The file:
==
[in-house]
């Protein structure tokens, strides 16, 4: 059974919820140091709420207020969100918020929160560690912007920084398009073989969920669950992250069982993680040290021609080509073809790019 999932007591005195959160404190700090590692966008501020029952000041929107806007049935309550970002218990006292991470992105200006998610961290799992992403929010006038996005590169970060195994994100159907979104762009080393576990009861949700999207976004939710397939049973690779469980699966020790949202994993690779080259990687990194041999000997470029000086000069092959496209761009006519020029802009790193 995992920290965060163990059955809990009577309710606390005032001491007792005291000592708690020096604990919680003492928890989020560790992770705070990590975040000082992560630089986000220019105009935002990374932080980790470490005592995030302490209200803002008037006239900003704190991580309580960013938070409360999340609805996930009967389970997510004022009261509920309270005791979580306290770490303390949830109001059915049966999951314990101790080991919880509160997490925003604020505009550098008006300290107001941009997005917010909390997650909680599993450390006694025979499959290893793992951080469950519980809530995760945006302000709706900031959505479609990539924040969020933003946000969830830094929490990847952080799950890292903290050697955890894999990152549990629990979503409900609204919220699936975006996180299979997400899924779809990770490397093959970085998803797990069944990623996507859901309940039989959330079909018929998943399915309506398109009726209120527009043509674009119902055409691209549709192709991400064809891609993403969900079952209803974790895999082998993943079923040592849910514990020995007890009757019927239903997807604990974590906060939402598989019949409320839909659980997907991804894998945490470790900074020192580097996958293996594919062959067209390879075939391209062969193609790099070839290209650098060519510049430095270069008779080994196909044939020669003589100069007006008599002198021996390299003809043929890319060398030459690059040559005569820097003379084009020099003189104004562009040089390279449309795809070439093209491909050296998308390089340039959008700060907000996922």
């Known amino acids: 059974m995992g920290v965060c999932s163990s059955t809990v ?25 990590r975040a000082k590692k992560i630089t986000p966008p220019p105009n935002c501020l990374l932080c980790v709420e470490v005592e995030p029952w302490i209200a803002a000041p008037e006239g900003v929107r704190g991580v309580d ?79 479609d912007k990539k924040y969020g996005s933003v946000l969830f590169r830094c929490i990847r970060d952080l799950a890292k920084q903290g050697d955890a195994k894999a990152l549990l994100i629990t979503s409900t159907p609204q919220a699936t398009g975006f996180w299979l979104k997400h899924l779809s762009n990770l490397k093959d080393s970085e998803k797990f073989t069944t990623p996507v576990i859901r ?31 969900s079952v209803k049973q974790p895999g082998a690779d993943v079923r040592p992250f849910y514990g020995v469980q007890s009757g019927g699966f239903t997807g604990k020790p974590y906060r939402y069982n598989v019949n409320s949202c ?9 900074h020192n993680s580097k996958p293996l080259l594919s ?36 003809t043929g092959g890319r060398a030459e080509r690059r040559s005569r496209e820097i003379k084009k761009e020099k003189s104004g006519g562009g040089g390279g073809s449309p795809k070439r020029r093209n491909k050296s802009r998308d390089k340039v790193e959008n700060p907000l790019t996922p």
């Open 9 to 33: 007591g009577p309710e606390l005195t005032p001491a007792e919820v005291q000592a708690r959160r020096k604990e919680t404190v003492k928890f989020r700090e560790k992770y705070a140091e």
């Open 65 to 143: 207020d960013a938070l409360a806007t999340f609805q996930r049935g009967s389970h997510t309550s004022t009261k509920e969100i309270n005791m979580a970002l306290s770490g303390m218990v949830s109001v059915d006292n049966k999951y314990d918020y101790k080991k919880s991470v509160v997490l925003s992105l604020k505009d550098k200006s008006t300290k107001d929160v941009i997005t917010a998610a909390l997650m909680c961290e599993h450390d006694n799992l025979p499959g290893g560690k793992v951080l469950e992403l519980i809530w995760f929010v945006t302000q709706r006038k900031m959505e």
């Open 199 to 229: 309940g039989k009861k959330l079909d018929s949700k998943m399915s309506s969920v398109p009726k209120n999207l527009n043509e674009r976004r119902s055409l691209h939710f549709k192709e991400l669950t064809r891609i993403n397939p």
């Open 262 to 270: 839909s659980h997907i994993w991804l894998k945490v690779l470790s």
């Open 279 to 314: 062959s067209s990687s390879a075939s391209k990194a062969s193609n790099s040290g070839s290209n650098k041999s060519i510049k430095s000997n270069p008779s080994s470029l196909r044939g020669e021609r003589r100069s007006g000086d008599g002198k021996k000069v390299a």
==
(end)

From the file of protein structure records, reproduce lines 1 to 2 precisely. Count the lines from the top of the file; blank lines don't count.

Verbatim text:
[in-house]
């Protein structure tokens, strides 16, 4: 059974919820140091709420207020969100918020929160560690912007920084398009073989969920669950992250069982993680040290021609080509073809790019 999932007591005195959160404190700090590692966008501020029952000041929107806007049935309550970002218990006292991470992105200006998610961290799992992403929010006038996005590169970060195994994100159907979104762009080393576990009861949700999207976004939710397939049973690779469980699966020790949202994993690779080259990687990194041999000997470029000086000069092959496209761009006519020029802009790193 995992920290965060163990059955809990009577309710606390005032001491007792005291000592708690020096604990919680003492928890989020560790992770705070990590975040000082992560630089986000220019105009935002990374932080980790470490005592995030302490209200803002008037006239900003704190991580309580960013938070409360999340609805996930009967389970997510004022009261509920309270005791979580306290770490303390949830109001059915049966999951314990101790080991919880509160997490925003604020505009550098008006300290107001941009997005917010909390997650909680599993450390006694025979499959290893793992951080469950519980809530995760945006302000709706900031959505479609990539924040969020933003946000969830830094929490990847952080799950890292903290050697955890894999990152549990629990979503409900609204919220699936975006996180299979997400899924779809990770490397093959970085998803797990069944990623996507859901309940039989959330079909018929998943399915309506398109009726209120527009043509674009119902055409691209549709192709991400064809891609993403969900079952209803974790895999082998993943079923040592849910514990020995007890009757019927239903997807604990974590906060939402598989019949409320839909659980997907991804894998945490470790900074020192580097996958293996594919062959067209390879075939391209062969193609790099070839290209650098060519510049430095270069008779080994196909044939020669003589100069007006008599002198021996390299003809043929890319060398030459690059040559005569820097003379084009020099003189104004562009040089390279449309795809070439093209491909050296998308390089340039959008700060907000996922």